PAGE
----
Stack Overflow is a community of 4.7 million programmers, just like you, helping each other.

Join them; it only takes a minute:

Sign up
Join the Stack Overflow community to:
  1. Ask programming questions
  2. Answer and help your peers
  3. Get recognized for your expertise

I'm creating an entry form that I want to only be accessible when three url params are in place: example.com/entries/new/2011/01/27 If someone tries to access any other url (i.e. example.com/entries/new or example.com/entries/new/2011/) I want Rails to set an :alert and bounce the user back to the index page.

Currently, I only have this code in my routes.rb match '/entries/new/:year/:month/:day' => 'entries#new'. What do I need to do to control the redirection if the proper params aren't in the URL? Would I check for each param in the controller and then perform a redirect_to, or is this something I can do from the routes.rb file exclusively? If it's the former, is there an easier way to check that all three params exist other than:

if params[:year].nil && params[:month].nil && params[:day].nil redirect_to ...

share|improve this question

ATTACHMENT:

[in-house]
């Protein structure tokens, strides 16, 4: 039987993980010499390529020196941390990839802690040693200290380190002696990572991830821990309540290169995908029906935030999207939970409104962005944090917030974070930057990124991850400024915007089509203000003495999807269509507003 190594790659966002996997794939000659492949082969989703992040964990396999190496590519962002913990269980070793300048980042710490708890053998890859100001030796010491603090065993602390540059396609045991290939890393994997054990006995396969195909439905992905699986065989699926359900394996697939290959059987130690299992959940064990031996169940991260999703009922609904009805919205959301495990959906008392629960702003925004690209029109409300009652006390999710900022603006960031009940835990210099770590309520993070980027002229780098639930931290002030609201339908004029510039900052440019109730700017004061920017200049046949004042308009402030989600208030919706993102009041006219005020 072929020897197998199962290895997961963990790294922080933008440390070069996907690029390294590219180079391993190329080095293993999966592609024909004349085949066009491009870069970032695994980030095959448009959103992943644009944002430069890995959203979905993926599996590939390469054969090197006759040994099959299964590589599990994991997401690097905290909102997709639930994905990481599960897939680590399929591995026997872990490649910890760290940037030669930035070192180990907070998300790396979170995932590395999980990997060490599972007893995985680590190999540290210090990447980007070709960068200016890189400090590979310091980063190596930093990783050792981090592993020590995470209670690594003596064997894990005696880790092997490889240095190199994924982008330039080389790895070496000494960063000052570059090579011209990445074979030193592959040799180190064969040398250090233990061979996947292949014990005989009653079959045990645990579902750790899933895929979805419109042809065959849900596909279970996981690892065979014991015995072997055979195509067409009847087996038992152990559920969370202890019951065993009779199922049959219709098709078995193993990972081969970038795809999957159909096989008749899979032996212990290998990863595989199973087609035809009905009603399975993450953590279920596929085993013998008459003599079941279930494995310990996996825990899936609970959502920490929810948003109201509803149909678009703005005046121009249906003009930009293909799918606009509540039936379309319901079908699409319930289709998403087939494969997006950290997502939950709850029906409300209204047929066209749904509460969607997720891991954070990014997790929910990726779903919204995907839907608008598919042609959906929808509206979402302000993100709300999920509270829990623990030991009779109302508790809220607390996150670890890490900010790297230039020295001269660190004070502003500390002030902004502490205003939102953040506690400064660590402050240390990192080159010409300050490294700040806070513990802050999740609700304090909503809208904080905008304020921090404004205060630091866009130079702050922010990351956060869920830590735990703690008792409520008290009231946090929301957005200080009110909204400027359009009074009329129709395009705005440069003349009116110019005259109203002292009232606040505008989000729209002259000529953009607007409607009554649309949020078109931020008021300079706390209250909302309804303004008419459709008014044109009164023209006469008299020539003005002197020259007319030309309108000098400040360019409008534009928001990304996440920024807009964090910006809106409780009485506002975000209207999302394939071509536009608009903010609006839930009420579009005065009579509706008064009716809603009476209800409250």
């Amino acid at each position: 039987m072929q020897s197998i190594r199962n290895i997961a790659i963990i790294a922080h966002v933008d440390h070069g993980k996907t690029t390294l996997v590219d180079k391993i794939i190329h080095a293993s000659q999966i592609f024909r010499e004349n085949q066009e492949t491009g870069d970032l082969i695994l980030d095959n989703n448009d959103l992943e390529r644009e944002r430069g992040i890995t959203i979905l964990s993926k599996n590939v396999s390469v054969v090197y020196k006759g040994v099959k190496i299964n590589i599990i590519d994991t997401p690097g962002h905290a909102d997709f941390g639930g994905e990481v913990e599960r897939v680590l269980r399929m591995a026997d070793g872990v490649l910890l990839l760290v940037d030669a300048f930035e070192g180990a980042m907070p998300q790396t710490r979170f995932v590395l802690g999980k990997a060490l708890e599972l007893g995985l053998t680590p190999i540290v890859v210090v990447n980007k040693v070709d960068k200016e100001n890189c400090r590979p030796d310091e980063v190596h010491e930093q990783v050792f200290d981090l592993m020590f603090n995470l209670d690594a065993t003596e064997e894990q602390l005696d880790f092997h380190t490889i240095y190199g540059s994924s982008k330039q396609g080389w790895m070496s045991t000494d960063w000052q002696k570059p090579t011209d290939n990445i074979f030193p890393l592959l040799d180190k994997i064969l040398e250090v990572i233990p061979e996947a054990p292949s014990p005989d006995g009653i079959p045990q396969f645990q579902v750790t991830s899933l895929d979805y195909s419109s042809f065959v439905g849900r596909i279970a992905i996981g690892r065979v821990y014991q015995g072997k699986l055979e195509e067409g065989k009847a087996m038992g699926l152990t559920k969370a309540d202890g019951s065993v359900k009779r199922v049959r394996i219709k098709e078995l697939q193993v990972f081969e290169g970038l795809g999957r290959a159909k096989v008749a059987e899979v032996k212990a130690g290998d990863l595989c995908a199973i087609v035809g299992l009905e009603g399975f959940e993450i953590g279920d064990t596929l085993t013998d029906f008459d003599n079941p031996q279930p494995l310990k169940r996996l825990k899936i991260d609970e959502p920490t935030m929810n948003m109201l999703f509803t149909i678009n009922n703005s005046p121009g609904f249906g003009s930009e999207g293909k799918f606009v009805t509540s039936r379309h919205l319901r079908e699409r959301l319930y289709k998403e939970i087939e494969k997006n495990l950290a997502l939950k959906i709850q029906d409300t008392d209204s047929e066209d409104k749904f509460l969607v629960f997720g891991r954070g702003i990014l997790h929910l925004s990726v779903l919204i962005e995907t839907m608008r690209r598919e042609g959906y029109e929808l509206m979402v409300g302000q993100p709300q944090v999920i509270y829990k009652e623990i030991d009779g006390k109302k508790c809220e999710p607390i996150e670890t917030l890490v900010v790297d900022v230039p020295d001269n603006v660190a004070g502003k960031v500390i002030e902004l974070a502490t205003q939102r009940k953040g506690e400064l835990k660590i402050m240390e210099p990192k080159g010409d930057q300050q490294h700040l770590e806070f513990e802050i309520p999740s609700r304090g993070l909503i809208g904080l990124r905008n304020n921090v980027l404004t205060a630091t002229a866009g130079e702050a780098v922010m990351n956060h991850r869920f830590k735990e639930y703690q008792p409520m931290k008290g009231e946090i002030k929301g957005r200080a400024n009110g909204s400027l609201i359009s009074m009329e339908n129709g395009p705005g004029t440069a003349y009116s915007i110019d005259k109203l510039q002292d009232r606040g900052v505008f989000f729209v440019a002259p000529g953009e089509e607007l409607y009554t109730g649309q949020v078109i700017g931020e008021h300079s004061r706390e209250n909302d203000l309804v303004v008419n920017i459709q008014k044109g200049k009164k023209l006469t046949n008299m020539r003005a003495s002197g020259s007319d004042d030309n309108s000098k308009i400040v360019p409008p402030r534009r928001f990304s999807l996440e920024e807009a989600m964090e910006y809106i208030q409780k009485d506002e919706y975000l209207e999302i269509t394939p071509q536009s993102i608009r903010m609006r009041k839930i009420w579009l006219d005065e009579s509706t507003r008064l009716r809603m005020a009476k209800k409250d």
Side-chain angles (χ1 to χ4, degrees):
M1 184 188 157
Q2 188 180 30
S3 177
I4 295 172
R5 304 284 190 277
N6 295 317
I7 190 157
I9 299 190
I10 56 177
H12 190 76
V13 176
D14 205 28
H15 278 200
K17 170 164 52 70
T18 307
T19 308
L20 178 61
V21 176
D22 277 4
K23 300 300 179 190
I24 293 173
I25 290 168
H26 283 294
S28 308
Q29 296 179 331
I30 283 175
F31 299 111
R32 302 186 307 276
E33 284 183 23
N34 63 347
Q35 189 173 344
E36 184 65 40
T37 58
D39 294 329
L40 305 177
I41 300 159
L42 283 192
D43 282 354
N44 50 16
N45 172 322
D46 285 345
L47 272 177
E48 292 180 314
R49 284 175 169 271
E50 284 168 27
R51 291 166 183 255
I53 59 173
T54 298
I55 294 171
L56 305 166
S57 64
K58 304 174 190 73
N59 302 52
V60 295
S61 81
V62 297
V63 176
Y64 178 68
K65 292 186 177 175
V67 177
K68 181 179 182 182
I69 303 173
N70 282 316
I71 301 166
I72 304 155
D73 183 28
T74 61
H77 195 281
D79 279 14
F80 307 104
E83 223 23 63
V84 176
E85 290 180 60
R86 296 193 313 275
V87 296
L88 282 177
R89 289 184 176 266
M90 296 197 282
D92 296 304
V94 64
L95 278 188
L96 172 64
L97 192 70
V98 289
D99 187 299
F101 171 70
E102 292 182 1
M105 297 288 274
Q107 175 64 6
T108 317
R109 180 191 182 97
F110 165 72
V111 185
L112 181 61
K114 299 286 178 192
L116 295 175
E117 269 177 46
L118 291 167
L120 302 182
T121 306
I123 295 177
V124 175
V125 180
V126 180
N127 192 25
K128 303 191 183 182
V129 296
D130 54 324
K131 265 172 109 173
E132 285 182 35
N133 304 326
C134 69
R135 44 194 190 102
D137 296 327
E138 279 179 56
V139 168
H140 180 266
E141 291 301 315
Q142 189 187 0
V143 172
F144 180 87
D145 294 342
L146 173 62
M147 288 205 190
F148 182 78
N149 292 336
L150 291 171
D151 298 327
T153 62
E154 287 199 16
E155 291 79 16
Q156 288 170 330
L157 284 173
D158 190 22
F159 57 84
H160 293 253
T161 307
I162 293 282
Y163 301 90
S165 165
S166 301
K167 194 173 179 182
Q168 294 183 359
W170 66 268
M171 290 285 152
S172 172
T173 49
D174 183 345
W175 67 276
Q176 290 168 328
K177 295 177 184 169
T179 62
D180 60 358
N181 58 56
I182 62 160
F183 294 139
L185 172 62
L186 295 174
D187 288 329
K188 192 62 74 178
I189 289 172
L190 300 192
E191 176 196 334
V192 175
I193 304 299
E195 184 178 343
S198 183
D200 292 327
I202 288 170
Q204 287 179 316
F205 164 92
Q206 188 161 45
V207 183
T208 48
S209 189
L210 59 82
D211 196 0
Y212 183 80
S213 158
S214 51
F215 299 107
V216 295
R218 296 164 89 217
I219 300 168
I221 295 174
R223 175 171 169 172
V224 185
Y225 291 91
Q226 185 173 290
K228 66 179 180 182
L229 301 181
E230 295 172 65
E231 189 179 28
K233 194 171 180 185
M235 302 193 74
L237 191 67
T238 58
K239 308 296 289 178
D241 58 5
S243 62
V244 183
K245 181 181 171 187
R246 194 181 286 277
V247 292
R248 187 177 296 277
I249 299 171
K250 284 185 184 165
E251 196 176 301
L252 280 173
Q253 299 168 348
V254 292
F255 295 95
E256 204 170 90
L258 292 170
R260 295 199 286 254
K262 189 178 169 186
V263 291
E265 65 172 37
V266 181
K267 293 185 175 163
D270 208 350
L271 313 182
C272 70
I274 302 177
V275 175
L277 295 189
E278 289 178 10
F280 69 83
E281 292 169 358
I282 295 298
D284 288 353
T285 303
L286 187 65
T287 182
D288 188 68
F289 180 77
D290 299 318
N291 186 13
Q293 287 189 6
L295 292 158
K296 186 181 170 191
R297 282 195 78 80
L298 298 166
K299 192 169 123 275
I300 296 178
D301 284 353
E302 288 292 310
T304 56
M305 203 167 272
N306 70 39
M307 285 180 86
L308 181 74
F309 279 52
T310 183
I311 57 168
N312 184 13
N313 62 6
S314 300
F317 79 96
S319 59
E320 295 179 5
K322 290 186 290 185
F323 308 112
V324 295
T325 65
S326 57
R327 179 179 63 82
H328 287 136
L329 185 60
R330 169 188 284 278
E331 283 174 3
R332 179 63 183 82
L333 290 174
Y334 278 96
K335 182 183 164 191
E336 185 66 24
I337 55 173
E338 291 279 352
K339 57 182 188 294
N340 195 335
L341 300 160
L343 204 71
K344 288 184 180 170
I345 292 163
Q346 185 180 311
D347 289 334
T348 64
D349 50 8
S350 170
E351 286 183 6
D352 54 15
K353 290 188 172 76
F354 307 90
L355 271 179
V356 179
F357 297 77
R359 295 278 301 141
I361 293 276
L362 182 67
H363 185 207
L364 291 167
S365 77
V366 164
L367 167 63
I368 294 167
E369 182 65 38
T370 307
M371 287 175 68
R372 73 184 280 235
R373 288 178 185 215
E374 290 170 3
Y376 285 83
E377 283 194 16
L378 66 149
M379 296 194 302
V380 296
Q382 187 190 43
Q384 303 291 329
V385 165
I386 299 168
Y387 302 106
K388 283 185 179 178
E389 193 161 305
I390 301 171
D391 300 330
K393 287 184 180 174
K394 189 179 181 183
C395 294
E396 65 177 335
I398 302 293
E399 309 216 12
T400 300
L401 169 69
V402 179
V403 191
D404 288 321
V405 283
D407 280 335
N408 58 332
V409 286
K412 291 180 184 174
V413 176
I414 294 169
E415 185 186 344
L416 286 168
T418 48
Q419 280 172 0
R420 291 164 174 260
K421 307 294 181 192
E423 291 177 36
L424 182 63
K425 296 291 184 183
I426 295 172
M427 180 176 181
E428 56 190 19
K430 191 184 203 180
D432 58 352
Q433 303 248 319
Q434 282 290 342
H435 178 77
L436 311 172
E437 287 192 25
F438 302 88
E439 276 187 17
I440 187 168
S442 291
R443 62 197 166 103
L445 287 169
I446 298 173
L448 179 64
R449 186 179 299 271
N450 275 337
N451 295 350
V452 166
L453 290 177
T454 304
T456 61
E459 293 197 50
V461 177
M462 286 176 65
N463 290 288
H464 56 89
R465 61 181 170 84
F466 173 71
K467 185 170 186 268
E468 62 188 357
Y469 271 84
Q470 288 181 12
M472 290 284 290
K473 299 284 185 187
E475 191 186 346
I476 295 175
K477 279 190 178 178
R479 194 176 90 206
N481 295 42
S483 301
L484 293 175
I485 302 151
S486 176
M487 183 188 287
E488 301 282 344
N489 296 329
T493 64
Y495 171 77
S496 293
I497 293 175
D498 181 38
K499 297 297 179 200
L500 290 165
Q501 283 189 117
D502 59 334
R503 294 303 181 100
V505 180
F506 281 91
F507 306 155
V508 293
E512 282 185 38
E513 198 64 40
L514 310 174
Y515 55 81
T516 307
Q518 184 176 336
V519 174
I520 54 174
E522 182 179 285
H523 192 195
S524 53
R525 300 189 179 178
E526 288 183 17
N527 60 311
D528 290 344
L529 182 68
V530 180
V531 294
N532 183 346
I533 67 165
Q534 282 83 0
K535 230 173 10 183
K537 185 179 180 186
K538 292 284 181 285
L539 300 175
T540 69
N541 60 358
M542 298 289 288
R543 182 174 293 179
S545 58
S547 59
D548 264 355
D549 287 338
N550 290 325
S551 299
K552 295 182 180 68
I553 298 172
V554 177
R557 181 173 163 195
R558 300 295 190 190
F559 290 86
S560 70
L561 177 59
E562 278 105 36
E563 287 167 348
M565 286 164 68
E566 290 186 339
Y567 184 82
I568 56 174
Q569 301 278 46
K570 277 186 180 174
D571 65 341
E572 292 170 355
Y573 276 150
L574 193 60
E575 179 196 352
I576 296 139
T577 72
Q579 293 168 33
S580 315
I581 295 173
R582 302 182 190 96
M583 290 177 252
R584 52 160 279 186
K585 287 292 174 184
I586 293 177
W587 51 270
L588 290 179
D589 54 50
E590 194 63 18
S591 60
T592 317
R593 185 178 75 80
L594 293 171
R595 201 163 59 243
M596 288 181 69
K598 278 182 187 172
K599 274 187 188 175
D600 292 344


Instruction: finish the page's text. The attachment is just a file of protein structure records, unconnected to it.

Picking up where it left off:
1  
You are probably not getting many answers because this is not the normal way of doing things. Typically, the URL would be example.com/entries/create?date=2011-01-27 or example.com/entries/create?year=2011&month=1&day=27 and you would not deal with all the routing stuff. You could then use validations for checking the parameters. – Kyle Heironimus Jan 28 '11 at 0:24
up vote 1 down vote accepted

This route requires the presence of all three parameters:

match '/entries/new/:year/:month/:day' => 'entries#new'

With only that route, GET /entries/new will result in:

No route matches "/entries/new"

You can redirect from within routes.rb like this:

  match '/entries' => 'entries#index'
  match '/entries/new/:year/:month/:day' => 'entries#new'
  match "/entries/new/(*other)" => redirect('/entries')

The second line matches paths where all three parameters are present. The third line matches all other cases of /entries/new using "route globbing", and does the redirect. Requests matched by the third line will not hit EntriesController#new.

Note: you may not need the first line if you've already defined a route to EntriesController#index -- but watch out for resources :entries, which will redefine index and new.

More info can be found in the guide Rails Routing From the Outside In. When using date parameters, constraints are a good idea (Section 4.2)

share|improve this answer

Your Answer

 
discard

By posting your answer, you agree to the privacy policy and terms of service.

Not the answer you're looking for? Browse other questions tagged or ask your own question.